Actresses are 'tricked' into pornographic films casting

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The Independent Culture

When a group of actresses spotted an advert looking for fresh blood for a Little Britain-style comedy series, they jumped at the chance to audition. Little did the performers know they would find themselves in a casting session for pornographic films.

Those who responded to the advert were shown erotic films as examples of the kind of films that the production firm, UK Comedy Export, had made.

The actresses, who were shown steamy scenes for a "naughty but nice, adult-themed" comedy series for US audiences, have since spoken out against the production company, which now stands accused of tricking them to star in pornographic films.

UK Comedy Export originally advertised for British acting talent to star in an eight-part "adult-themed" comedy, comparing it to critically acclaimed British comedy series such as Peep Show, Star Stories and The Kevin Bishop Show.

But according to three actresses, they were asked to sign a confidentiality agreement on attending the audition, before being shown an example of the company's work which featured sexually explicit material.

One unnamed actress, who spoke to The Stage newspaper, said: "In my mind, it was hardcore pornography. To say this is comedy is just ludicrous. This would not be aired on any terrestrial channel."

Another actress said she was asked to sign a form confirming she was comfortable with "full frontal male nudity", but said she did not suspect the graphic nature of the production.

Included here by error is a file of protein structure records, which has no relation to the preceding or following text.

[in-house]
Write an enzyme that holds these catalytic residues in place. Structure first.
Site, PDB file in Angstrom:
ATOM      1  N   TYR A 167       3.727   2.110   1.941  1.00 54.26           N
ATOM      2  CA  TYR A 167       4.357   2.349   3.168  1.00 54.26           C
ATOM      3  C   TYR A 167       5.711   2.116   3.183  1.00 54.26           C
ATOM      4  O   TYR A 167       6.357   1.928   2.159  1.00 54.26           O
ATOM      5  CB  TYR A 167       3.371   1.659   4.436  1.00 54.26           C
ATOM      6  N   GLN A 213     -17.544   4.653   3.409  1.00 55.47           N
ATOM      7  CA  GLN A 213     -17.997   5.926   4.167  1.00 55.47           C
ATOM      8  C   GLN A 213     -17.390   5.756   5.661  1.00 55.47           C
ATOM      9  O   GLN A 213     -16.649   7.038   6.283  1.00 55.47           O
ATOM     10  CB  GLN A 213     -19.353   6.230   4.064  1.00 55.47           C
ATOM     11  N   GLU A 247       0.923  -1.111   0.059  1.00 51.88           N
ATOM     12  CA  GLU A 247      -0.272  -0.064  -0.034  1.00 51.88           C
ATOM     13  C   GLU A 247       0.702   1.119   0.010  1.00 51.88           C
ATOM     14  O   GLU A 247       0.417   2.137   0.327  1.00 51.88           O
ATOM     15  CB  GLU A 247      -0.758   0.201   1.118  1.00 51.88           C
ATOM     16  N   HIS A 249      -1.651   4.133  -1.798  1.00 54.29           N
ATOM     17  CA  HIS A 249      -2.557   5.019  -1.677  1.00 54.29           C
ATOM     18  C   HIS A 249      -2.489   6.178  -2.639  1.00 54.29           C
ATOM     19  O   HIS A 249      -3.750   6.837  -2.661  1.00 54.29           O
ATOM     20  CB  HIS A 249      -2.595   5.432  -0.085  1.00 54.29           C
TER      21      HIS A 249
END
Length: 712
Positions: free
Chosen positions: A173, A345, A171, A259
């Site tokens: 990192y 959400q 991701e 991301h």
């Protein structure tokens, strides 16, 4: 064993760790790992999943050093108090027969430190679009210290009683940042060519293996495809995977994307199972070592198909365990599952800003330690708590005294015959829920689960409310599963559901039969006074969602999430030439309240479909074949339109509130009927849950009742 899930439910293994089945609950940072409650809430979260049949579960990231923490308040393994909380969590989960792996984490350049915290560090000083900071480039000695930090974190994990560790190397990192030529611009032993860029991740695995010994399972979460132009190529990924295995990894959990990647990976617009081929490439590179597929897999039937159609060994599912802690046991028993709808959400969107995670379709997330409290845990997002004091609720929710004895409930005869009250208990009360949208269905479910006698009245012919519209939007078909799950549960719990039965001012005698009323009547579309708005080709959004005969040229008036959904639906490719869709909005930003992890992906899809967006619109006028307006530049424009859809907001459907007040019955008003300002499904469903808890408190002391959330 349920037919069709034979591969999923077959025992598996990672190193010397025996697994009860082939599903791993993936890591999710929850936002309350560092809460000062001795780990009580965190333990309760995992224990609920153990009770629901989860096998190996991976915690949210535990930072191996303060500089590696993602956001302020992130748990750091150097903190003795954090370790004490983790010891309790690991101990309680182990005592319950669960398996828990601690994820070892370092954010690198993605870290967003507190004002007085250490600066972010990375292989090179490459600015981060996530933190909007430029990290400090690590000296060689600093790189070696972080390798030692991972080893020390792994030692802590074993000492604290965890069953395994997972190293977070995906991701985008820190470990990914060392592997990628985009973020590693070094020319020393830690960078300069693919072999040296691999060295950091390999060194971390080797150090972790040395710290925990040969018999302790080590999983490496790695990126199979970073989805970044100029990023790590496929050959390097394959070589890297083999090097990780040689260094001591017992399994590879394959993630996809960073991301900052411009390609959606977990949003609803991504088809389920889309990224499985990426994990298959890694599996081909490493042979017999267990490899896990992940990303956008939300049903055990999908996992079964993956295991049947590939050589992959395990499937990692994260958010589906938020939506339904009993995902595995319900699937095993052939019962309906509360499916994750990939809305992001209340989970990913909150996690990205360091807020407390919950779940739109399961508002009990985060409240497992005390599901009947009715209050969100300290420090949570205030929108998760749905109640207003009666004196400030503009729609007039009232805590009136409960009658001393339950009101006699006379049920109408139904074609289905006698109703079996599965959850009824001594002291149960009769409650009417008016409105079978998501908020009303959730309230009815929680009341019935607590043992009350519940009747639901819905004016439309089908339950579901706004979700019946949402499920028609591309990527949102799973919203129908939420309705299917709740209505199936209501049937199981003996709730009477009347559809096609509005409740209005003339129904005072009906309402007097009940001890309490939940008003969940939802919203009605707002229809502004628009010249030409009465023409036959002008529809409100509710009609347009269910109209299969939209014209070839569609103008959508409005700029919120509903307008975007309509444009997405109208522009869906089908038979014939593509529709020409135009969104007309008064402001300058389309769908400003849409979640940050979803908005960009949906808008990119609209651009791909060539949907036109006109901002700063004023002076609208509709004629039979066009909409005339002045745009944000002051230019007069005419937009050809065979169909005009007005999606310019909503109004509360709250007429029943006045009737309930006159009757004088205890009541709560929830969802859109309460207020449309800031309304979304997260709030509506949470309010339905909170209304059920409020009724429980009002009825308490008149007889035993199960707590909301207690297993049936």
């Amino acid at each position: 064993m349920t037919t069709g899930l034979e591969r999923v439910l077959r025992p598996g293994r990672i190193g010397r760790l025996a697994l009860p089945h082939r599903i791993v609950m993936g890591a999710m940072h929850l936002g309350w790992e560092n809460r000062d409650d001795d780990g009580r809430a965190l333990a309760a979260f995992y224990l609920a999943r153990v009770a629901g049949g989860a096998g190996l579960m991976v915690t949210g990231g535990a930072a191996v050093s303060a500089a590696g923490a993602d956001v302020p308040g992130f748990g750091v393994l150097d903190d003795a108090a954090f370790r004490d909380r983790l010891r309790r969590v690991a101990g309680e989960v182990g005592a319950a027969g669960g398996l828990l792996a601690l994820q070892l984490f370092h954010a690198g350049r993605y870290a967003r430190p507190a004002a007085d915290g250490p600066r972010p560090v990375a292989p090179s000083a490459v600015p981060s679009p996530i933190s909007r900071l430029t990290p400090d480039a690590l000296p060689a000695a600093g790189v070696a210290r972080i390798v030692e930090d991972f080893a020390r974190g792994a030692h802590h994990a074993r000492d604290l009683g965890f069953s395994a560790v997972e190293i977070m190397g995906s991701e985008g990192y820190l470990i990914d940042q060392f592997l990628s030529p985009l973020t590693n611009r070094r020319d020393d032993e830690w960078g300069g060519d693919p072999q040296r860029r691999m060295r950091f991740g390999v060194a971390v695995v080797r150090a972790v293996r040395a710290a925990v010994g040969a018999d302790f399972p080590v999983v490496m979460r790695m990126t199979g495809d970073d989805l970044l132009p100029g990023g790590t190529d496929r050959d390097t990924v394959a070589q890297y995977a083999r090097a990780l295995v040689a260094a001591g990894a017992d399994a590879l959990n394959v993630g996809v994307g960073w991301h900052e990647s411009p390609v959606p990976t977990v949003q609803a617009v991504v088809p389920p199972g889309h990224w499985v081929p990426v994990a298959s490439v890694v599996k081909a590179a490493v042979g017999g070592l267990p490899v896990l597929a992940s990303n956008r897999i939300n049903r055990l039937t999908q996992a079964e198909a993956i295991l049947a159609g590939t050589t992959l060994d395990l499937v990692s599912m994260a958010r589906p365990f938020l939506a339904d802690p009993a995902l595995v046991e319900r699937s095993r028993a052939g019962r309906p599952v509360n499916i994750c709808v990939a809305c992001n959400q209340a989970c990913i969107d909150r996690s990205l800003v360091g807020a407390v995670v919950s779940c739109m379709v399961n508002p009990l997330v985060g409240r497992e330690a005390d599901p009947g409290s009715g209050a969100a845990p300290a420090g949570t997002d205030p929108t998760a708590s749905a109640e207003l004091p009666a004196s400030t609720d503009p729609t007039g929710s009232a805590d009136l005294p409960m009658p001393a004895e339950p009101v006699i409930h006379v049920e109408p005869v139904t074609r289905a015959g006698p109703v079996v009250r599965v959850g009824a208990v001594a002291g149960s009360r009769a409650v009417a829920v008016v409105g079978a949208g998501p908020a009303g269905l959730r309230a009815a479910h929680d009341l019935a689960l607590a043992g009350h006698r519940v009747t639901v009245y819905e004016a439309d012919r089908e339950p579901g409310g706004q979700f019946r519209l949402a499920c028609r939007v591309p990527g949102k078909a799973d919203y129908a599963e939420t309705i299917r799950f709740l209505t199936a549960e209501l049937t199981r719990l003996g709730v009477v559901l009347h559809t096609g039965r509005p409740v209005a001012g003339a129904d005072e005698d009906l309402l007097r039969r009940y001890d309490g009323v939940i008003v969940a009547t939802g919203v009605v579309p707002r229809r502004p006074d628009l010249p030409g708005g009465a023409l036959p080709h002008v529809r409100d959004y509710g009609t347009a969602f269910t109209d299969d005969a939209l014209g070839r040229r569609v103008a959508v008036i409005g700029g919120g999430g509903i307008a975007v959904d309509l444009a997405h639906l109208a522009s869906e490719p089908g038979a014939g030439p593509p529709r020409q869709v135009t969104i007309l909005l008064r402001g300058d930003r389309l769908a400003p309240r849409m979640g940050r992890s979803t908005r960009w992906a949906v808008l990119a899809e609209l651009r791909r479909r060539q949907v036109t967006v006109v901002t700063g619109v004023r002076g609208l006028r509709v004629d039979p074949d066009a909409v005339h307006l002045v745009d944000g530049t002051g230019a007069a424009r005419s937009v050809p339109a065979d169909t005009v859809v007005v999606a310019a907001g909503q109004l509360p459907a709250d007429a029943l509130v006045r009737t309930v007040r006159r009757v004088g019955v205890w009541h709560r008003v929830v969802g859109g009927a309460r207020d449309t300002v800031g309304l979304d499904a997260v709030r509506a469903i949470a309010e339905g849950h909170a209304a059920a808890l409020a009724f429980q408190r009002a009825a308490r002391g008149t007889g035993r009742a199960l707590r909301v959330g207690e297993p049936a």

She said: "I thought they were getting us to sign this in case we, as actors, felt uncomfortable seeing the guy's front while the camera saw his back. They had planted a seed in our minds that it was like Little Britain, which does have nudity. They sold it as risque comedy, but clean at heart."

A third source revealed that the women were warned that they should not audition for the production if they wished to get involved in children's TV in the future.

Nick Coe, production manager of UK Comedy Export – which functions under the umbrella company O&C Entertainment – declined to comment on the allegations. Its website states that it only recruits actors over 18.

Martin Brown, spokesman for the acting body Equity, confirmed that the union had received a "handful" of complaints from members. "We heard that when they walked into the audition they were shown pornographic films. It must have been a very shocking and unhappy experience for many people who attended that. We have looked into it and we do not believe that they are doing anything illegal, so we don't believe that there is any potential for action to prevent them," he said.